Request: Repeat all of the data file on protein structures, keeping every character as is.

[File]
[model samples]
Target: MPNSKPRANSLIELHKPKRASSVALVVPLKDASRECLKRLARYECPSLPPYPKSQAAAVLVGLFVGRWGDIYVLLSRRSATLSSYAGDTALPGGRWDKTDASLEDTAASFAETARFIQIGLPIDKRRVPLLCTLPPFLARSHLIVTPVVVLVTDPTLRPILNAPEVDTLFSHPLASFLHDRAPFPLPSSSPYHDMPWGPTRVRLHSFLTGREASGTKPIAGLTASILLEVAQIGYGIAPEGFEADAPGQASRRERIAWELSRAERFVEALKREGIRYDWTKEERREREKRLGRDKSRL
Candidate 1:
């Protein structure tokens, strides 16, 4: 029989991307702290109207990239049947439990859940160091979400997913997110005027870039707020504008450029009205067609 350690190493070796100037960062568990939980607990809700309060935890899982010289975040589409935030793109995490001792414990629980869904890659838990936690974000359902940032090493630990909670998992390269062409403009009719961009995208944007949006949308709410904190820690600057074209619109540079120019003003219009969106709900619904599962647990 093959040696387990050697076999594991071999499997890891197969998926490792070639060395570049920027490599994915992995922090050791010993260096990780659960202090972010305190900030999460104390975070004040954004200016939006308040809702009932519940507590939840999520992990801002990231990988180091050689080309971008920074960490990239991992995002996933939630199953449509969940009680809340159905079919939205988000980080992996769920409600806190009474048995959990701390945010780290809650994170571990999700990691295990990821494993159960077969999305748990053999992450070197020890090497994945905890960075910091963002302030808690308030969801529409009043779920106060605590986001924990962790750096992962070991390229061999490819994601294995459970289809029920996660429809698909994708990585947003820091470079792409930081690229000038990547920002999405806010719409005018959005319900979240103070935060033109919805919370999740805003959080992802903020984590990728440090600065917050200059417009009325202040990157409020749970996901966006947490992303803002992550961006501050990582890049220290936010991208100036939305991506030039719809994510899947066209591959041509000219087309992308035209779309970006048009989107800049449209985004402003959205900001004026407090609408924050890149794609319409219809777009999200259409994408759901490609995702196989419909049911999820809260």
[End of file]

[model samples]
Target: MPNSKPRANSLIELHKPKRASSVALVVPLKDASRECLKRLARYECPSLPPYPKSQAAAVLVGLFVGRWGDIYVLLSRRSATLSSYAGDTALPGGRWDKTDASLEDTAASFAETARFIQIGLPIDKRRVPLLCTLPPFLARSHLIVTPVVVLVTDPTLRPILNAPEVDTLFSHPLASFLHDRAPFPLPSSSPYHDMPWGPTRVRLHSFLTGREASGTKPIAGLTASILLEVAQIGYGIAPEGFEADAPGQASRRERIAWELSRAERFVEALKREGIRYDWTKEERREREKRLGRDKSRL
Candidate 1:
């Protein structure tokens, strides 16, 4: 029989991307702290109207990239049947439990859940160091979400997913997110005027870039707020504008450029009205067609 350690190493070796100037960062568990939980607990809700309060935890899982010289975040589409935030793109995490001792414990629980869904890659838990936690974000359902940032090493630990909670998992390269062409403009009719961009995208944007949006949308709410904190820690600057074209619109540079120019003003219009969106709900619904599962647990 093959040696387990050697076999594991071999499997890891197969998926490792070639060395570049920027490599994915992995922090050791010993260096990780659960202090972010305190900030999460104390975070004040954004200016939006308040809702009932519940507590939840999520992990801002990231990988180091050689080309971008920074960490990239991992995002996933939630199953449509969940009680809340159905079919939205988000980080992996769920409600806190009474048995959990701390945010780290809650994170571990999700990691295990990821494993159960077969999305748990053999992450070197020890090497994945905890960075910091963002302030808690308030969801529409009043779920106060605590986001924990962790750096992962070991390229061999490819994601294995459970289809029920996660429809698909994708990585947003820091470079792409930081690229000038990547920002999405806010719409005018959005319900979240103070935060033109919805919370999740805003959080992802903020984590990728440090600065917050200059417009009325202040990157409020749970996901966006947490992303803002992550961006501050990582890049220290936010991208100036939305991506030039719809994510899947066209591959041509000219087309992308035209779309970006048009989107800049449209985004402003959205900001004026407090609408924050890149794609319409219809777009999200259409994408759901490609995702196989419909049911999820809260």